According to Global Energy Monitor, fossil gas has been touted as a “clean” fuel, one that can serve as a “bridge fuel” allowing the world to shut down coal-fired power plants, as a stopgap measure until renewable energy becomes cheaper.
This “bridge fuel” argument has been based primarily on the fact that, compared with using coal, burning gas releases about half as much carbon dioxide, the main greenhouse gas. Thus there has been a push for expanding the natural gas system worldwide, with a rapid expansion of the LNG system a crucial part of this.
However, the fossil gas system suffers from a major problem: leakage. Fossil gas is mainly methane, a greenhouse gas that is much more powerful than CO2. Methane leaks from many parts of the fossil gas system, from extraction wells, compressors, and pipelines.
Methane leakage is a problem worldwide, with major sources of methane emissions in many gas-producing countries (ESA 2020). Most of the studies to date of methane leakage have focused on the U.S., where recent studies have found much more gas leaking from the system than estimated by the US Environmental Production Agency.
Average leakage rates for the U.S. for different parts of the fossil gas system are:
- 1.9% leakage rate for production areas
- 0.3% leakage rate for pipelines in the US
- 0.5% leakage rate for additional transmission pipeline travel for LNG exports
- 1.3–2.7% leakage rates for several large cities: Los Angeles, Boston, New York, Philadelphia, Baltimore, and Washington, DC
The most comprehensive study to date of the U.S. fossil gas system estimated the overall leakage to be 2.3% (Alvarez 2018). At that rate, emissions from methane leakage are about the same as the emissions from burning the natural gas in power plants or for heat, when evaluated over a 20-year period—thus doubling the warming from simply burning the gas (Alvarez 2018).
Some areas have shown higher leakage. A recent satellite study that found the Permian basin in Texas and New Mexico-the most intensive area for fracking in the U.S. now-is leaking 3.7% of the fossil gas produced (Zhang 2020).
Gas from the Permian is increasingly viewed as a major source to be exported as LNG, with large pipelines recently built, under construction, and proposed to connect to LNG terminals on the coast of the Gulf of Mexico.
Given the leakage rates in the US fossil gas system, using fossil gas for electricity can at best achieve only minor reductions in warming compared with using coal, while locking in long-term fossil infrastructure that will slow the transition to combinations of renewables and battery storage.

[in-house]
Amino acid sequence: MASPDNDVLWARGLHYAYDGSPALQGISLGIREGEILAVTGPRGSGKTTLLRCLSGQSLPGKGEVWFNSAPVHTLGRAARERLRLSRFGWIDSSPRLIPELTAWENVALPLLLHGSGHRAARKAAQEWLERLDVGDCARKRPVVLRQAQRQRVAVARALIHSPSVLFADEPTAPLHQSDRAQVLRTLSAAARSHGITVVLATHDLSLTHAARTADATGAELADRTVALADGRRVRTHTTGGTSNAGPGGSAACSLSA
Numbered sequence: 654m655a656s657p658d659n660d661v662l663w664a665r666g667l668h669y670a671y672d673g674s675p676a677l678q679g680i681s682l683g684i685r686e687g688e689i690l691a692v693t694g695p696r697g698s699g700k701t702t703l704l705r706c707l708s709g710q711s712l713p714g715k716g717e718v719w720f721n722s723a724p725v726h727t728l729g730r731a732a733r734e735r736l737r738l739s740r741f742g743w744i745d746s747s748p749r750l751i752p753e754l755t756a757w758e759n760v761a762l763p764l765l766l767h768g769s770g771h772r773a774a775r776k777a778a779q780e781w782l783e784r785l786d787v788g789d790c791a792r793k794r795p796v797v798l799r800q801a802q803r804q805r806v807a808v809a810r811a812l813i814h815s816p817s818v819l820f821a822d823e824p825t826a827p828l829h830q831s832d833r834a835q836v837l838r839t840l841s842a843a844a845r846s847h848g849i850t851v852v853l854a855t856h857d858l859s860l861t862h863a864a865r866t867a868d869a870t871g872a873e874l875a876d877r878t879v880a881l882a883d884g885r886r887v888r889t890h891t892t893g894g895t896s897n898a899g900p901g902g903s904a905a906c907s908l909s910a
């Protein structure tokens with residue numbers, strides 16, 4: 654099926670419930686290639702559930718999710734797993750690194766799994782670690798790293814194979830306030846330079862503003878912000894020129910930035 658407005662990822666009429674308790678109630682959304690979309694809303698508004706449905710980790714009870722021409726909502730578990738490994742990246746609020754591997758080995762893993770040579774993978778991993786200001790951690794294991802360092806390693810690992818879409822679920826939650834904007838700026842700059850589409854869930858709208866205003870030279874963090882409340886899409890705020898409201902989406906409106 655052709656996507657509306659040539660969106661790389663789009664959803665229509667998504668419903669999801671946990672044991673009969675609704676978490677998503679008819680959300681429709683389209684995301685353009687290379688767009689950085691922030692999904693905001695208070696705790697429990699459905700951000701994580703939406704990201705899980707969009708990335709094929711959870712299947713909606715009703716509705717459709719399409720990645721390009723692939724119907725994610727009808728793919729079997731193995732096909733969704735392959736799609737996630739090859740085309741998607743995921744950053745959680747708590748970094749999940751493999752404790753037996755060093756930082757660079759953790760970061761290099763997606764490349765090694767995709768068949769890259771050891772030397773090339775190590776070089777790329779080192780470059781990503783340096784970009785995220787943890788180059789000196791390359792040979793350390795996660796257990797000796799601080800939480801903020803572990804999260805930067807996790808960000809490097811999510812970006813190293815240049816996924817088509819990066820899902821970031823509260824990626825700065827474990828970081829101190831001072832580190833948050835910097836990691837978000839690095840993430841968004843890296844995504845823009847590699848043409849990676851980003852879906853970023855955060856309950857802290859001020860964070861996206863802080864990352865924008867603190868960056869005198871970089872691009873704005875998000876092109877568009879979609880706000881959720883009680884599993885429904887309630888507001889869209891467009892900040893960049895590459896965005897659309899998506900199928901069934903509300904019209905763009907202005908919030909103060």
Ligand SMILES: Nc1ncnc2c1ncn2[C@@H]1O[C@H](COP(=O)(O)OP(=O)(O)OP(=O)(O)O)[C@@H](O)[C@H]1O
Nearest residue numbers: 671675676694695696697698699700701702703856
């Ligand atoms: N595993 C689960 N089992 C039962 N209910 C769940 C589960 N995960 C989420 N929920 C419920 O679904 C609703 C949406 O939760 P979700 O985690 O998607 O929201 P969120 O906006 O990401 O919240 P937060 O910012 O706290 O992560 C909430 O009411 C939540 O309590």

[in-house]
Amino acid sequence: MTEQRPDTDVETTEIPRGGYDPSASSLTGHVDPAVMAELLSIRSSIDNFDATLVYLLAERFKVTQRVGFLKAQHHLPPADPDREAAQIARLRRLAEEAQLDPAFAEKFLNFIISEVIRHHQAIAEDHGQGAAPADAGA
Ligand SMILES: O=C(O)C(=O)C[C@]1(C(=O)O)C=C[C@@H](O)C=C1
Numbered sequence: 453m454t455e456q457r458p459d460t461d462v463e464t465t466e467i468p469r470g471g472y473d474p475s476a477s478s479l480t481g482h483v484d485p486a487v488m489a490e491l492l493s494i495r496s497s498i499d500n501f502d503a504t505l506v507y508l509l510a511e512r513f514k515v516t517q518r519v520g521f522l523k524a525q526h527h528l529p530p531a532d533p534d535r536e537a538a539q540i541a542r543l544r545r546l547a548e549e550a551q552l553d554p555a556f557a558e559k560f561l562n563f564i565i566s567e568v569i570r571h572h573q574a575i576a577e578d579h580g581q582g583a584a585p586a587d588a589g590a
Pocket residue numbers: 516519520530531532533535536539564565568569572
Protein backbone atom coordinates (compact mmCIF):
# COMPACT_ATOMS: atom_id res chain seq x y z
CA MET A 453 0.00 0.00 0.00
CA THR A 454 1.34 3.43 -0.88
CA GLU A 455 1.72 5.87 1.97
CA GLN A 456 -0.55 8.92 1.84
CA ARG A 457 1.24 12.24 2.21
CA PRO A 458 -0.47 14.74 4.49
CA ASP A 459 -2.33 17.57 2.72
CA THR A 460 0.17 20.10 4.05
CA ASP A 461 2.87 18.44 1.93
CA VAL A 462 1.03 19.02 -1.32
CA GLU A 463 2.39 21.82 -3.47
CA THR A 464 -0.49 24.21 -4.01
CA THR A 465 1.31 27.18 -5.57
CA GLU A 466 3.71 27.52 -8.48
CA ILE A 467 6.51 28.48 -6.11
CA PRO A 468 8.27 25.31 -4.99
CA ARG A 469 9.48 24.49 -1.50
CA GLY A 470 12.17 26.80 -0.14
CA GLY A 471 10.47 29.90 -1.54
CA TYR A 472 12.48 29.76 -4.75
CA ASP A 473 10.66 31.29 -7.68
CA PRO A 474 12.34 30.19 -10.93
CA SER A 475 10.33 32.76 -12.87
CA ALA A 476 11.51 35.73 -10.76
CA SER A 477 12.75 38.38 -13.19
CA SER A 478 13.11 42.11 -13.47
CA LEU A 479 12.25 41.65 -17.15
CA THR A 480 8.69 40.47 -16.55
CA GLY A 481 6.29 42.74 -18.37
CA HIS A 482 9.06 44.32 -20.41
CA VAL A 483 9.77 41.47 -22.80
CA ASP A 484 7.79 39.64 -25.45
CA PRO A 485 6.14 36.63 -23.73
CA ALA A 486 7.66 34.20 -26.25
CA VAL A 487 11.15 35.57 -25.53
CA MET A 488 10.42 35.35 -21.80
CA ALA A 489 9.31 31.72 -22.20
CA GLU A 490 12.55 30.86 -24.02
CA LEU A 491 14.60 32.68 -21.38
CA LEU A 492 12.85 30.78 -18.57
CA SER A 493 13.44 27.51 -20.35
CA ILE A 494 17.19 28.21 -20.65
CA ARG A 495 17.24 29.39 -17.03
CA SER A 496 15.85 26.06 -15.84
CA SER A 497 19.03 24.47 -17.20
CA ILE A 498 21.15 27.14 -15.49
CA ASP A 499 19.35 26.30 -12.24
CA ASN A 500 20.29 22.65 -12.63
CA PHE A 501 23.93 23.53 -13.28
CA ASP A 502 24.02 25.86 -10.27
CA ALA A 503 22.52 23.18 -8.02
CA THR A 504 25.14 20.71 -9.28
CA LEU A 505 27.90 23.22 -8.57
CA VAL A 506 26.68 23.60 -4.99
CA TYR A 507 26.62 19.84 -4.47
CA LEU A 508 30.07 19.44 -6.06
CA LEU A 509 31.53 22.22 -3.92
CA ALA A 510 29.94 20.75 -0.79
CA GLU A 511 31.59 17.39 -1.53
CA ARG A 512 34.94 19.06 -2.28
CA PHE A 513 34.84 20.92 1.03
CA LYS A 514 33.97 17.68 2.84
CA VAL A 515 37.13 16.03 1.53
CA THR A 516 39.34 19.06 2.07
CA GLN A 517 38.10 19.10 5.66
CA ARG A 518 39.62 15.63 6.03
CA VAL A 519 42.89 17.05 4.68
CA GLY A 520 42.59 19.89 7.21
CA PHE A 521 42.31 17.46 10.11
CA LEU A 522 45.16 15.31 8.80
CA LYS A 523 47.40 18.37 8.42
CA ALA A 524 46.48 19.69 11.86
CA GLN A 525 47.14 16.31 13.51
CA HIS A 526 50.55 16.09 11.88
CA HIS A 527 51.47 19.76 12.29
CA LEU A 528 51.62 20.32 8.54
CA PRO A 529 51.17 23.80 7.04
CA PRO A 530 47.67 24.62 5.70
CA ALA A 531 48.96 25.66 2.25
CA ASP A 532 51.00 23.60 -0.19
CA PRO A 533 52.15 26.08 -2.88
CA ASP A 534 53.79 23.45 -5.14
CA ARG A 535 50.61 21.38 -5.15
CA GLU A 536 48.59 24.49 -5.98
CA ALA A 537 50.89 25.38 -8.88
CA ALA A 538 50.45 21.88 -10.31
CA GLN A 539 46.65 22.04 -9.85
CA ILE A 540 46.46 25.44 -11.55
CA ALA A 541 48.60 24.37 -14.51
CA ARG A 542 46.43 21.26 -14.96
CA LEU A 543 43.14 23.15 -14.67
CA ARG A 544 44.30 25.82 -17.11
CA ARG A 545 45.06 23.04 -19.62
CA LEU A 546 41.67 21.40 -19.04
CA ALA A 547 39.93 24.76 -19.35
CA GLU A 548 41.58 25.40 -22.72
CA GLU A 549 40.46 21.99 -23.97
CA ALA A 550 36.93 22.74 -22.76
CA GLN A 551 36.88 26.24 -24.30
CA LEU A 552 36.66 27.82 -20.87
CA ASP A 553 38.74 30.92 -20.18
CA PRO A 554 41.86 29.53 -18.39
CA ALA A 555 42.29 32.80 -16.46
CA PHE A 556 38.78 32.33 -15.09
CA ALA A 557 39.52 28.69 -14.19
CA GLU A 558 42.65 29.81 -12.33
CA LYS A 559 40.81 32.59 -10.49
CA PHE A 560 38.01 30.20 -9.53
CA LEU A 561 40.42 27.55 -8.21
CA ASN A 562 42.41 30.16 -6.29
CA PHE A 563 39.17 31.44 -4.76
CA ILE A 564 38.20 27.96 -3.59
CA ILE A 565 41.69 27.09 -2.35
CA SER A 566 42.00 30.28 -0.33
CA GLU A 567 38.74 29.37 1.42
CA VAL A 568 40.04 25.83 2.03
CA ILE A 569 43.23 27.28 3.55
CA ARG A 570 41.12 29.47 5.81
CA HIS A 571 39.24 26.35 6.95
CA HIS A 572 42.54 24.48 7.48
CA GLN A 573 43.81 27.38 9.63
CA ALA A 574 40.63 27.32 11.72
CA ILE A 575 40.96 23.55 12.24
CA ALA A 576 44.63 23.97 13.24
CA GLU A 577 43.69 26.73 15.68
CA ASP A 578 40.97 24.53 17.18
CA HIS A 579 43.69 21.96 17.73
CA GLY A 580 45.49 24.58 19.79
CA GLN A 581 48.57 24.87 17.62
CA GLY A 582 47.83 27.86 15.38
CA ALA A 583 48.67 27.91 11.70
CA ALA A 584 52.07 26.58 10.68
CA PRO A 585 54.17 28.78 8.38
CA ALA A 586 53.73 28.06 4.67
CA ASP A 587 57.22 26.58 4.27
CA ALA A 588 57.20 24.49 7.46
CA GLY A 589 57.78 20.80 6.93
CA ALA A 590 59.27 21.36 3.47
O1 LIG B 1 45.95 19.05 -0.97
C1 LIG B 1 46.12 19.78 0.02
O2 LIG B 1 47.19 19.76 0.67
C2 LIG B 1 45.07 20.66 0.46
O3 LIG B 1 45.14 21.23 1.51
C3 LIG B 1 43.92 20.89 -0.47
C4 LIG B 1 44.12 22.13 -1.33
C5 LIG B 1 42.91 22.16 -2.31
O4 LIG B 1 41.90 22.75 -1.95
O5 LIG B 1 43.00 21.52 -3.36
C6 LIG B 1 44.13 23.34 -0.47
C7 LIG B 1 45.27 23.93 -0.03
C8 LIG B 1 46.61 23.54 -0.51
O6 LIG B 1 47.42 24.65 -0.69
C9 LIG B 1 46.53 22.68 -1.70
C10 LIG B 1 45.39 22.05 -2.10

Exact comparisons are difficult due to the apples and oranges nature of the global warming profiles of methane versus carbon dioxide. Depending on the assumptions about methane leakage rates, the relative efficiencies of the coal-fired and gas-fired power plants being compared, and the period over which warming is being measured, the global warming impact of building a new gas plant instead of a new coal plant, assuming the gas plant is supplied by LNG, can range from 29% lower to 16% higher (GEM analysis).
Overall, due to the consequences of further locking in fossil combustion rather than transitioning to renewable power, switching from coal to gas does not appear to offer a useful strategy to achieve rapid cuts in greenhouse gas emissions to achieve carbon neutrality.
Shipping fossil gas as LNG significantly increases the greenhouse gas footprint. Cooling gas to the very low temperatures needed to turn it into a liquid (LNG) requires huge energy inputs to run compressors.
In an LNG export terminal, typically 10–20% of the incoming gas is burned to power the liquefaction process (Lowell 2013). LNG tankers traveling long distances—such as from Texas to Japan, the largest LNG importer—add more emissions from the fuel they burn.
Overall, using fossil gas as LNG adds around 25% more CO2 emissions, on top of those from burning the gas for electricity or heat (Pavlenko et al 2020).
Fossil gas is also increasingly used for transportation—in cars, trucks, and ships—as a replacement for liquid fossil fuels traditionally used in transportation (gasoline and diesel for road transport; heavy fuel oil and marine gas oil for ships). But given the methane leakage rates in the US fossil gas system, switching from liquids to gas actually increases the overall emissions from these vehicles (Pavlenko 2020, Alvarez 2012).
Factoring in the large methane leakage found in recent studies could further tip the balance away from fossil gas.